Thomas C. Südhof, MD
Avram Goldstein Professor in the School of Medicine,
Professor of Molecular and Cellular Physiology
Cracking the neurexin code of neural circuits
Abstract: Neurexins and their ligands are trans-synaptic cell-adhesion molecules that are essential for synapse function, and that shape the properties of synapses such as short- and long-term plasticity. Neurexins are presynaptic cell-adhesion molecules that are encoded by three extraordinarily large genes, each of which generates longer a- and shorter b-isoforms that are in turn diversified into thousands of alternatively spliced transcripts. Neurexins bind to multiple postsynaptic ligands, including neuroligins, LRRTMs, and the complex of cerebellins with GluRd2. The various splice variants of neurexins and the various isoforms of their ligands exhibit strikingly different functional activities and binding affinities; their interactions are likely competitive, and contribute to determining the properties and nature of synapses. Accumulating evidence demonstrates that neurexins and their ligands perform central functions in the assembly and function of neural circuits, but their precise roles and mechanisms of action are only now beginning to emerge. Moreover, many different mutations in neurexin and their ligands have been associated with autism, schizophrenia and intellectual disability, suggesting that the functions of these molecules are relevant for insight into these devastating disorders. In my talk, I will describe our recent studies on how neurexins and their ligands shape synapse properties.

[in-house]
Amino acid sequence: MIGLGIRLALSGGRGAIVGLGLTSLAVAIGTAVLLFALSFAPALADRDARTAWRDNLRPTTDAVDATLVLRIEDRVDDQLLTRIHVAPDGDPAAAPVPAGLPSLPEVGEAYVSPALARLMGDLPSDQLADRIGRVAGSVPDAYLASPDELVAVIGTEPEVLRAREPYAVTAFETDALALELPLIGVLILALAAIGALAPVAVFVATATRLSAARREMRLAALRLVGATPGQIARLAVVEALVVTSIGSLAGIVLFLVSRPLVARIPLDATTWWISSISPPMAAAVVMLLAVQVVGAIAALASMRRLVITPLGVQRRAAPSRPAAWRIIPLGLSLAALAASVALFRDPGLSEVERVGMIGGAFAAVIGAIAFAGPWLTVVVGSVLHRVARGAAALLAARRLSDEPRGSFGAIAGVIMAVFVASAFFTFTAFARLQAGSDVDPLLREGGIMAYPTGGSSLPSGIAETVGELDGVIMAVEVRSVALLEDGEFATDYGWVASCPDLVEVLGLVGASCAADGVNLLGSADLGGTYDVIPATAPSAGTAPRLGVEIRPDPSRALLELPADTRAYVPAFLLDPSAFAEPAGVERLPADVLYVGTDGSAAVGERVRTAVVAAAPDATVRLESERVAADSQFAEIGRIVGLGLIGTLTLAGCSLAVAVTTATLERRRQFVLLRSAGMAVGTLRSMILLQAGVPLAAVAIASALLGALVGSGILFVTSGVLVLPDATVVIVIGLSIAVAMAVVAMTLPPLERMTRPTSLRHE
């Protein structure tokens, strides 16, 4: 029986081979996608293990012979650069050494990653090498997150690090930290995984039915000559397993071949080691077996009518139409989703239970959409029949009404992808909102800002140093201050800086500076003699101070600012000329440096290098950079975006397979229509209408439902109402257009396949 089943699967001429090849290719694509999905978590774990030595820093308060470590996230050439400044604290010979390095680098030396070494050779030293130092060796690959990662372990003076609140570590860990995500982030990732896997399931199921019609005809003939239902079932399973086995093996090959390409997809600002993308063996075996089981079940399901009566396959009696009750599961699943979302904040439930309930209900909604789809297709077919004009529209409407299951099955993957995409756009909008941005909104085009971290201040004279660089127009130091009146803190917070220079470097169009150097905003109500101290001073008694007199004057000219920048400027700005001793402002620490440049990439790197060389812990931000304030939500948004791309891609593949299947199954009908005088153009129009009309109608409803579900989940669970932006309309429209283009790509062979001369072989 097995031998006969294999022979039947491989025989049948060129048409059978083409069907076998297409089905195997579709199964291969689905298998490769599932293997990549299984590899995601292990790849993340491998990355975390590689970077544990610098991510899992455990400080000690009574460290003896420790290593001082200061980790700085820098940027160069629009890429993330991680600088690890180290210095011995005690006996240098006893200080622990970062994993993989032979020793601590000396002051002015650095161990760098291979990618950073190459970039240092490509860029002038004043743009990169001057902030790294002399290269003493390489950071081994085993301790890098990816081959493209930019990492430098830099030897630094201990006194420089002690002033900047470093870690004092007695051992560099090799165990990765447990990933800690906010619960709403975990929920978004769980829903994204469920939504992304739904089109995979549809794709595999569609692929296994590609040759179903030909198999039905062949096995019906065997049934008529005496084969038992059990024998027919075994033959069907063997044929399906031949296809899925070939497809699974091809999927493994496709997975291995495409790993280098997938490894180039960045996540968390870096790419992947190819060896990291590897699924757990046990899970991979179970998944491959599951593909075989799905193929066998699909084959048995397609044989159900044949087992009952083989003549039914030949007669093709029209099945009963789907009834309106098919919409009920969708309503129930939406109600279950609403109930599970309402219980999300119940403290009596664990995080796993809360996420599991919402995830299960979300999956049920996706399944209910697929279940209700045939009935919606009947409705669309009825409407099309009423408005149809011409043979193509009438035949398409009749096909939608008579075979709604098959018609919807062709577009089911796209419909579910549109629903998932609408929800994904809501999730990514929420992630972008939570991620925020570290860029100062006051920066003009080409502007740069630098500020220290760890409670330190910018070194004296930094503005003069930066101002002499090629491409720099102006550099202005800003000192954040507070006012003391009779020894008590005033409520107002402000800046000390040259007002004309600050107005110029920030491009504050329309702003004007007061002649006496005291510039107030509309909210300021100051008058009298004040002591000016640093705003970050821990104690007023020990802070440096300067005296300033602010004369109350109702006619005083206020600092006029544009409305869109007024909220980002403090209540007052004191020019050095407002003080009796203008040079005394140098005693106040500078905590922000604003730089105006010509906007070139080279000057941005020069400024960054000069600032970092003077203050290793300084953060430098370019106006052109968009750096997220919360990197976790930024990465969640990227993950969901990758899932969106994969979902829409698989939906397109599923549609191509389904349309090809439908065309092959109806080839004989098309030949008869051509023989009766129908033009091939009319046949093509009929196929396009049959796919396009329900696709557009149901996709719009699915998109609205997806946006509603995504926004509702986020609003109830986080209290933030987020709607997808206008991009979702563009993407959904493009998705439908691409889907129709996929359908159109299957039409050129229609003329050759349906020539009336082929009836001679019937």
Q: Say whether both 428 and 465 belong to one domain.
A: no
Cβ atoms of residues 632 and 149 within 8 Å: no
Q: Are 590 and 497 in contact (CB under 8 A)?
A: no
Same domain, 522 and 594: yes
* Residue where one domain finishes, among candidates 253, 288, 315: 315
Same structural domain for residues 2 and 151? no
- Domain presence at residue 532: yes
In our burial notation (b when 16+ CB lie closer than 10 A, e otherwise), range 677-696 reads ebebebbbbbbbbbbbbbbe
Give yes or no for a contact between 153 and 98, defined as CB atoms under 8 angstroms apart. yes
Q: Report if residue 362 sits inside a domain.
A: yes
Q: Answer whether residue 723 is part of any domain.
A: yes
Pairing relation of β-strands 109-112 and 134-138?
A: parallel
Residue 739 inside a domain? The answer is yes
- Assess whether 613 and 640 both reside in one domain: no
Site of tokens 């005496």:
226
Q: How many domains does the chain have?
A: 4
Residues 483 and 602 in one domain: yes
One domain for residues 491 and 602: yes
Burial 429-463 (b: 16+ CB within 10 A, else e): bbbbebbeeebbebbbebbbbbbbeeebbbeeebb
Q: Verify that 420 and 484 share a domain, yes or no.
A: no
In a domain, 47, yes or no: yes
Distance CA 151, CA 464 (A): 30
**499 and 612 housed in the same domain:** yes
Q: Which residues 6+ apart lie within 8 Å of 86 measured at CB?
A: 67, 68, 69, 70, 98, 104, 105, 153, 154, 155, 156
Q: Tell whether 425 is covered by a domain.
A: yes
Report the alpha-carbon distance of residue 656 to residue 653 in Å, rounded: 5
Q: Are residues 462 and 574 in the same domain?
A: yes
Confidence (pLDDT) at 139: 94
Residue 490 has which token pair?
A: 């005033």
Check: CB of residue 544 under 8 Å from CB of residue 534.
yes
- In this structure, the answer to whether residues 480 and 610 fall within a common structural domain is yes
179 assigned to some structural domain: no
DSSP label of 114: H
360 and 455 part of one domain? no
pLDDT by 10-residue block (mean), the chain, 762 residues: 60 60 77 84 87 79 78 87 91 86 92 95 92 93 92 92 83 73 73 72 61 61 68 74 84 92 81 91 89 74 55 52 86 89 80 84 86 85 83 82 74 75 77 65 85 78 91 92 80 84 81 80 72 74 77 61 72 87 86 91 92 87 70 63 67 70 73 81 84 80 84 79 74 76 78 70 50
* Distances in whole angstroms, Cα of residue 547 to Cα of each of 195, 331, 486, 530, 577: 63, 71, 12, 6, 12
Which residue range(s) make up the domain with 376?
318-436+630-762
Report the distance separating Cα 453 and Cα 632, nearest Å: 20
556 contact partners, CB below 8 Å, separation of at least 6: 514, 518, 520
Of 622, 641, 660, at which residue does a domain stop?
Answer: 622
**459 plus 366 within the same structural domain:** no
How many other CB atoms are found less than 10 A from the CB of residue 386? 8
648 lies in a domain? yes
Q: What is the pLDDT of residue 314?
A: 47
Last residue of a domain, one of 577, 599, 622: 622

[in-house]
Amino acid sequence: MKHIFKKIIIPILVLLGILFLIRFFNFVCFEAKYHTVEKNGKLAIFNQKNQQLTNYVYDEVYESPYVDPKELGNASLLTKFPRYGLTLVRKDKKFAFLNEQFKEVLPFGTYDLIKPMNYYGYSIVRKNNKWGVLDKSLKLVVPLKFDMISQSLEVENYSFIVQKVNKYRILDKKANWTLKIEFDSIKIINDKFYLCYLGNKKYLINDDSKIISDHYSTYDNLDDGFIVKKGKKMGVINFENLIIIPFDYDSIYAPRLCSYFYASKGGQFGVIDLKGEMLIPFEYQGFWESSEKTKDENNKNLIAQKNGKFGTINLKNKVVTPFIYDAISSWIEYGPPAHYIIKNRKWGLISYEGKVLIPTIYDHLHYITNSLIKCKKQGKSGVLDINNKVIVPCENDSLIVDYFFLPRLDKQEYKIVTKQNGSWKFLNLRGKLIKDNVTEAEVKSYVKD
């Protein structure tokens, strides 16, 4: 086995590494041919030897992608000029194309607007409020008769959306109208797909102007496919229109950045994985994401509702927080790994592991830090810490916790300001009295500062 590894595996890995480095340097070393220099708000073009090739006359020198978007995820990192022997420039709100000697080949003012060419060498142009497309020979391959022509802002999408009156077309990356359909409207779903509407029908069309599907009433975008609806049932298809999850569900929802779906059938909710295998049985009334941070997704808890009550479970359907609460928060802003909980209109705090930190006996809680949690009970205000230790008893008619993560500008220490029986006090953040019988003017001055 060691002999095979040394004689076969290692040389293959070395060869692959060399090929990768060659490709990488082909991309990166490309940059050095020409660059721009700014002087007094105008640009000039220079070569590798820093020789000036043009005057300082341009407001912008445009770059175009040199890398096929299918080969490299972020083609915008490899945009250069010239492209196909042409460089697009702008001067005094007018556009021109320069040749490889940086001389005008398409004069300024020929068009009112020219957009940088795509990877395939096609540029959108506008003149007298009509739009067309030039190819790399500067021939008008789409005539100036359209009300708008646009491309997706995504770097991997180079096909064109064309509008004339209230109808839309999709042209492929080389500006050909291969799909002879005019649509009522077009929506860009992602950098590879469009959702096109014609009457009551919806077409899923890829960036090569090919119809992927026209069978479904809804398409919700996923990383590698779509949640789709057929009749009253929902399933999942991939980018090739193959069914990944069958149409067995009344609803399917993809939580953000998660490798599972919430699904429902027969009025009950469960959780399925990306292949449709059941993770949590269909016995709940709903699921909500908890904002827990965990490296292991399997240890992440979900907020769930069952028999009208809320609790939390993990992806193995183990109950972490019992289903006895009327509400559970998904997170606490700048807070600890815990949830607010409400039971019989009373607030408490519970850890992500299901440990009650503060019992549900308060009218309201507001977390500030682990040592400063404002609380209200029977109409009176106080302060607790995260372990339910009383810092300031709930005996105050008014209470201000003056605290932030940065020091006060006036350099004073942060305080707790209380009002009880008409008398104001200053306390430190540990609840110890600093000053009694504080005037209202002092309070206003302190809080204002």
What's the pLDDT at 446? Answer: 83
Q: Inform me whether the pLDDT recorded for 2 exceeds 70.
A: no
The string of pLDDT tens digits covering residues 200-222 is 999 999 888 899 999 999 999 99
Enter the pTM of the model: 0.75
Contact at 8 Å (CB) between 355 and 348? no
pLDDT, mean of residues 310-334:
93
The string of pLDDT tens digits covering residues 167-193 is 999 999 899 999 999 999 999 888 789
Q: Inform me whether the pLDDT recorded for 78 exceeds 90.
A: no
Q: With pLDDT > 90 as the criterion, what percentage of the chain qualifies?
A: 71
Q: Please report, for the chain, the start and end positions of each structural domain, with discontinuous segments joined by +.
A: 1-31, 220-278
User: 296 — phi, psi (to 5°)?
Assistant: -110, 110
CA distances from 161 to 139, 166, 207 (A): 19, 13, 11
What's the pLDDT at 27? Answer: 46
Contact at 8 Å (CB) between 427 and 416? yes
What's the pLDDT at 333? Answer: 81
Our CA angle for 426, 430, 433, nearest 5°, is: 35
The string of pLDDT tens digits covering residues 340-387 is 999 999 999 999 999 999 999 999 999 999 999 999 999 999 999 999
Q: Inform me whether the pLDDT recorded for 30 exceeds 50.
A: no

Bio: Thomas Christian Südhof was born in Göttingen in 1955 and obtained his M.D. and doctoral degrees from the University of Göttingen in 1982. He performed his doctoral thesis work at the Max-Planck-Institut für biophysikalische Chemie in Göttingen with Prof. Victor Whittaker on the biophysical structure of secretory granules. From 1983-1986, Südhof trained as a postdoctoral fellow with Drs. Mike Brown and Joe Goldstein at UT Southwestern in Dallas, TX, and elucidated the structure, expression and cholesterol-dependent regulation of the LDL-receptor gene. Subsequently, Südhof served on the faculty of UT Southwestern in Dallas, where he was founding chair of the Department of Neuroscience. Since 2008, Südhof has been the Avram Goldstein Professor in the School of Medicine at Stanford University. In addition, Südhof has been an Investigator of the Howard Hughes Medical Institute since 1986. Südhof's research interests focus on the molecular mechanisms underlying synapse formation and function, in particular on how synapses transmit signals, and how they become abnormal during neuropsychiatric disorders. His work has been recognized by several awards, among others the Alden Spencer Award, the Bristol-Myers Award in Neuroscience, the Kavli Prize, the Lasker-deBakey Medical Basic Research Award, and the Nobel Prize in Physiology or Medicine.